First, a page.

Then, whoosh, I saw how completely I’d missed the point. Or rather, how completely I’d fallen into it without seeing it. Moore wasn’t playing to anybody’s prejudices. Just the opposite: he was attacking them. Attacking them with his whole writhing, caterwauling being. His simple presence constituted a challenge to conventional notions of what a performer may and may not look like. And by extension, what roles disabled people may and may not assume. He was all wrong, and yet there he was: sitting center stage, rocking out–even turning sex symbol when his wife appeared, half-naked, to croon “I Got You Babe” with him.

I realized then that my solicitude was actually condescension: a healthy man’s attempt to put a handicapped man not only in his place but in his persona. I wasn’t really angry at the audience for demeaning Moore–the fact was that I was angry at Moore for playing against his assigned type.

The Plucky & Spunky Show offers similar insight–but in the form of a punch line rather than a revelation. Where Moore got in my face with his difference and defiance, Plucky & Spunky came at me with a big hug, a patient look, and an easy laugh. A comedy revue about the peculiar difficulties of the handicapped–written by wheelchair veterans Susan Nussbaum and Mike Ervin, and performed by a mixed ensemble of blind, deaf, paraplegic, and even tall actors–Plucky & Spunky pretends to a certain amount of wiseass irony; we’re supposed to take the title with a heavy dose of attitude. And yet the show’s overall tone actually expresses the pure essence of pluck and spunk. Nussbaum and Ervin are out to cajole us into enlightenment. They tend to teach by ingratiation.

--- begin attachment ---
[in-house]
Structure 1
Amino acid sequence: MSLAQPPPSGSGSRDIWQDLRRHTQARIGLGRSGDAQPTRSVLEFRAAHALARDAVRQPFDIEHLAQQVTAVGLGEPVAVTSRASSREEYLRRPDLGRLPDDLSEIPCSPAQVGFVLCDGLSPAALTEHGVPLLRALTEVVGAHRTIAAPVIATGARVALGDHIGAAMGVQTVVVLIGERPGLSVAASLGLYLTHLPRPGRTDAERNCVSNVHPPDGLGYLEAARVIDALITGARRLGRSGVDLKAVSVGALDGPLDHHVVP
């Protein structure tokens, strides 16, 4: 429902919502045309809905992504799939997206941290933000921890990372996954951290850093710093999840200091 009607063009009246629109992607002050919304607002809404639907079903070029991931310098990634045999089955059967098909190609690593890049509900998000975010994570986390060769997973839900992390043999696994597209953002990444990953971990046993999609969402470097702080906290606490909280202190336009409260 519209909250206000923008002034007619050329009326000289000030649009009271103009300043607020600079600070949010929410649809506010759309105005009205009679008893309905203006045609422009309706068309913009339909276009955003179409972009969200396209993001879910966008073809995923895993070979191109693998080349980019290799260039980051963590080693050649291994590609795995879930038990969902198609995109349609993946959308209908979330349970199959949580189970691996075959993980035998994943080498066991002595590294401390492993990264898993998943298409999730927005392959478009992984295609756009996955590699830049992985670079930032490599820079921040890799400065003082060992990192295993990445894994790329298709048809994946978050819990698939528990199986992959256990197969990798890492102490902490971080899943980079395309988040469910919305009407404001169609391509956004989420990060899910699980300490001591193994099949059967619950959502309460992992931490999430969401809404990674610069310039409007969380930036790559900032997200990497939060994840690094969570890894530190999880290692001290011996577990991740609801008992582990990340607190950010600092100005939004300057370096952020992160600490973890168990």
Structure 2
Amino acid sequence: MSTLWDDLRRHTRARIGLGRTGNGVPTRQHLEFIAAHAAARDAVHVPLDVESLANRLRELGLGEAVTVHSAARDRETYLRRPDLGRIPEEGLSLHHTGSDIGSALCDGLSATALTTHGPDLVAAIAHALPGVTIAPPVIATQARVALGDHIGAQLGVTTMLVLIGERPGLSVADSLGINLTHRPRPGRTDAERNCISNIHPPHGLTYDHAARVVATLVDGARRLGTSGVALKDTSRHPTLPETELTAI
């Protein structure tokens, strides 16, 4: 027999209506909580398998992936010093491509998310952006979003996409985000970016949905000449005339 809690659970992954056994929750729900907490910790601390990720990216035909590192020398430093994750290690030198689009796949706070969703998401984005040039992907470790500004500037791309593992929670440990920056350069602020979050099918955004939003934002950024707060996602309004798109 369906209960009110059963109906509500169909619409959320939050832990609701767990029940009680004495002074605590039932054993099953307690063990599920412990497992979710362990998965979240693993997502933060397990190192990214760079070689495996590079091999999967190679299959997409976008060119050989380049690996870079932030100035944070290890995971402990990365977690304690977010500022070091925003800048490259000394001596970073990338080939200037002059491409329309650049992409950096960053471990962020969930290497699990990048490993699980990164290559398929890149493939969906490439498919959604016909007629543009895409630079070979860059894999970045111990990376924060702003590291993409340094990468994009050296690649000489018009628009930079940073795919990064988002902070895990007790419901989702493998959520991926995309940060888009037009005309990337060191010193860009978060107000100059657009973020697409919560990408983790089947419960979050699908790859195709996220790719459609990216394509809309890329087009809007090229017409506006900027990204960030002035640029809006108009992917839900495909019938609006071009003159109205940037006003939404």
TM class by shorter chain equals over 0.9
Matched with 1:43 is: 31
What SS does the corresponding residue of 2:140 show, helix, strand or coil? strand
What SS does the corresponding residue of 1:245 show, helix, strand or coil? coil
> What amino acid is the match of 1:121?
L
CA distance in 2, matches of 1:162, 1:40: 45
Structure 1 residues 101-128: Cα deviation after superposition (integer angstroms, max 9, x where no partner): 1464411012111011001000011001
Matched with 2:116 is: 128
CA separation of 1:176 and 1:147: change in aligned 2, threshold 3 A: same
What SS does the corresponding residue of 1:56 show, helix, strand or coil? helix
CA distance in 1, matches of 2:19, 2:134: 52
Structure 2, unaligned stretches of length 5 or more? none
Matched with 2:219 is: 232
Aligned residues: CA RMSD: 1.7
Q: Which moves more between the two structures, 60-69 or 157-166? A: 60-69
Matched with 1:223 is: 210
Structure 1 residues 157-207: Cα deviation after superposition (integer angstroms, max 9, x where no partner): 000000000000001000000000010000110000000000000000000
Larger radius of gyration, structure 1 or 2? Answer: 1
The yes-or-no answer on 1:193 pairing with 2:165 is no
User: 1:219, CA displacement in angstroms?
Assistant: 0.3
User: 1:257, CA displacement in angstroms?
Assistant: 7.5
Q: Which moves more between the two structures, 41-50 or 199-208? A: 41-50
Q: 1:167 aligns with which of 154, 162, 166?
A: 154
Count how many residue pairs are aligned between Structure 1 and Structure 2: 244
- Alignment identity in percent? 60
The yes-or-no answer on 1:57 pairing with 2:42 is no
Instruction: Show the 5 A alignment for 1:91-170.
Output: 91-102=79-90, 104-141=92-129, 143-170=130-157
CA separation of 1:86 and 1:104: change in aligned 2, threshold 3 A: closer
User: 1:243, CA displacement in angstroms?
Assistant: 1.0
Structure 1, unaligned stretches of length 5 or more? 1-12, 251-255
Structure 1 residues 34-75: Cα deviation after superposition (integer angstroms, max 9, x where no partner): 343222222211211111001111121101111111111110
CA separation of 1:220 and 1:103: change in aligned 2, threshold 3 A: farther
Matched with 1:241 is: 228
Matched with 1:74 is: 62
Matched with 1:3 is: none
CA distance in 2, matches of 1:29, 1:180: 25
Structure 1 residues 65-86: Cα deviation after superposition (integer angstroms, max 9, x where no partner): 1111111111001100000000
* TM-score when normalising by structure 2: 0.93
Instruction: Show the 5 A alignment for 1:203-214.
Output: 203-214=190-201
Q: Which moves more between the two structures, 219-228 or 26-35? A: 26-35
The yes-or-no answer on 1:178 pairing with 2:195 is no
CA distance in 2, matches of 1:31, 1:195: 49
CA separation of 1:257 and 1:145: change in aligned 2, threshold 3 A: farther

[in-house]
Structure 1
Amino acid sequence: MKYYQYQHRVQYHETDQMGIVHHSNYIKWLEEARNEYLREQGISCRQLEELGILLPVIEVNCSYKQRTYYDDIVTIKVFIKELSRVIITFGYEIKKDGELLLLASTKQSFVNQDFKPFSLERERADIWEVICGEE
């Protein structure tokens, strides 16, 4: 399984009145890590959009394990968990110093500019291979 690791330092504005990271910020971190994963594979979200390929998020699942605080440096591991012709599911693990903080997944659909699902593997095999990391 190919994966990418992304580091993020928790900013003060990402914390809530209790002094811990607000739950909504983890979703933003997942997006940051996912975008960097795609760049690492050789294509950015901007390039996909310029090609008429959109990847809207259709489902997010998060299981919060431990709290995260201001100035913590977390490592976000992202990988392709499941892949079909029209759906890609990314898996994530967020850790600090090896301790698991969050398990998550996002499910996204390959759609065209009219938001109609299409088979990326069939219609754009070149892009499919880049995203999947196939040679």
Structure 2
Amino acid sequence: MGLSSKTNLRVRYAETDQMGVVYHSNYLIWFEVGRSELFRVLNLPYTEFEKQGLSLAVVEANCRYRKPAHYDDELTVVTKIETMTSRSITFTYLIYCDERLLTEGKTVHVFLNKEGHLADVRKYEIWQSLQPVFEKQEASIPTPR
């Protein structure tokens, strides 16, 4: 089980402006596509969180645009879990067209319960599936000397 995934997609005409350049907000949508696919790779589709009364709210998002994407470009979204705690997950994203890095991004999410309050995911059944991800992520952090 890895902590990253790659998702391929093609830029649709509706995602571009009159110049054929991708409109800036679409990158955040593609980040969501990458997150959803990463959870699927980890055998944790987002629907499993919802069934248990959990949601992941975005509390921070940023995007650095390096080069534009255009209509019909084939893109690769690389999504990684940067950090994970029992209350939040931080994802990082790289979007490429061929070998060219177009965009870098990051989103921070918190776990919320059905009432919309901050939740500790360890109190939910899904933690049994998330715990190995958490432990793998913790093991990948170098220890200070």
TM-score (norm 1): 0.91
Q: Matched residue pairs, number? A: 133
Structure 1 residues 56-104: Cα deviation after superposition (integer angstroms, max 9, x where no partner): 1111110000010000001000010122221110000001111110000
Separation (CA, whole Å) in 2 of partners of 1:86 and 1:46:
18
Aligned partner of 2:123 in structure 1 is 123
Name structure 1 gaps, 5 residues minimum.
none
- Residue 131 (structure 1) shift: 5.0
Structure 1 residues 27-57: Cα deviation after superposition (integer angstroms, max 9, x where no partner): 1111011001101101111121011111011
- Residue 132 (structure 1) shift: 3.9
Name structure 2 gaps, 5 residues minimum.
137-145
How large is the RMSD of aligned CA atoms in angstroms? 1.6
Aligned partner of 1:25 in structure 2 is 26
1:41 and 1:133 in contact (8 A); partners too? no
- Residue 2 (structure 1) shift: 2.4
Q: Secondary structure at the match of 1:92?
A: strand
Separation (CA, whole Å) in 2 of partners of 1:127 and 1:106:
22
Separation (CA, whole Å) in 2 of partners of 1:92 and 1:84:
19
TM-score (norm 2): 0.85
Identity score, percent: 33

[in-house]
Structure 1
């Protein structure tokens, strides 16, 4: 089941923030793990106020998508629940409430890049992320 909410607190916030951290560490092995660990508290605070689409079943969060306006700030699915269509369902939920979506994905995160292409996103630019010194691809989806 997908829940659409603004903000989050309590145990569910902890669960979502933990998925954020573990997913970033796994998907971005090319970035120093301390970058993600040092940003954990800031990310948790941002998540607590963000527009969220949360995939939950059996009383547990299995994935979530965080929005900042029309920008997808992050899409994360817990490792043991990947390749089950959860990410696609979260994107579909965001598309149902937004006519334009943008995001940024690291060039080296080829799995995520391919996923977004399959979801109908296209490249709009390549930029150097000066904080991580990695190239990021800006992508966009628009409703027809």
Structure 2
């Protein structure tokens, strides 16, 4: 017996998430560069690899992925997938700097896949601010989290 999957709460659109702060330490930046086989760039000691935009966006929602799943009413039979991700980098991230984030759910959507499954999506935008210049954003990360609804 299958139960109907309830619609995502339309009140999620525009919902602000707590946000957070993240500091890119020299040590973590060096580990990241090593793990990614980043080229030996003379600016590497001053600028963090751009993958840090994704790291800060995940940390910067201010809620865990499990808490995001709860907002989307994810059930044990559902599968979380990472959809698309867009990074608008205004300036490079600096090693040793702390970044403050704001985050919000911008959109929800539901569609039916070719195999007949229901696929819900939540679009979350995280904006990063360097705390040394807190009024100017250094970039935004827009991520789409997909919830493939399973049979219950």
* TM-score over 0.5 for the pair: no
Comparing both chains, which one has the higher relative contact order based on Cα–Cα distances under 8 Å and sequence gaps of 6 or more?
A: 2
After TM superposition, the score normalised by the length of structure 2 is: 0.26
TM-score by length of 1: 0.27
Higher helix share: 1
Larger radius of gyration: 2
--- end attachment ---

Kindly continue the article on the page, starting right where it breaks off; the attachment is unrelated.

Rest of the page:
Not that there aren’t darker modulations here and there. Nussbaum gives herself some rich, surprisingly sharp passages–as in the skit where a spilled order of shrimp in black bean sauce momentarily knocks the spirit out of a paraplegic woman. Or the one where Nussbaum and David Pasquesi play wheelchair-bound lovers debating their chances of maintaining a long-term relationship in a world of hostile architecture and patronizing strangers.

Then, too, there are some plain funny bits–plain funny loosely defined here as anything with Pasquesi in it. A Second City mainstage regular, Pasquesi brings a stunningly specific comic imagination to everything he does. As just a small for instance, there’s a scene where Pasquesi comes between a man and his irate, deaf wife: the wife signs the word “sorry” on Pasquesi’s chest and Pasquesi goes giggly from the feel of it. The tickle’s a minor detail, but it has an unexpectedly major effect, simultaneously grounding the scene in physical reality while making it fly as comedy.

Mostly, however, Plucky & Spunky goes for the warm and runny. The warm and runny and pat. An ongoing story about former poster girl Spunky and her search for identity ends with the requisite I’m-Just-Me song. Even the shrimp-and-bean-sauce tragedy closes on an up note. The revue format itself tends to defuse any dangerous interplay between show and audience, its familiarity breeding a complacency that’s never challenged. People with all their limbs and all their faculties can see The Plucky & Spunky Show and sympathize with its agenda without ever examining that agenda on a personal level. Wild Frank Moore would never permit that.

The “Year of Peril” brochure by Karen Briede:

1990 was also one of the busiest years for Frank in terms of travel!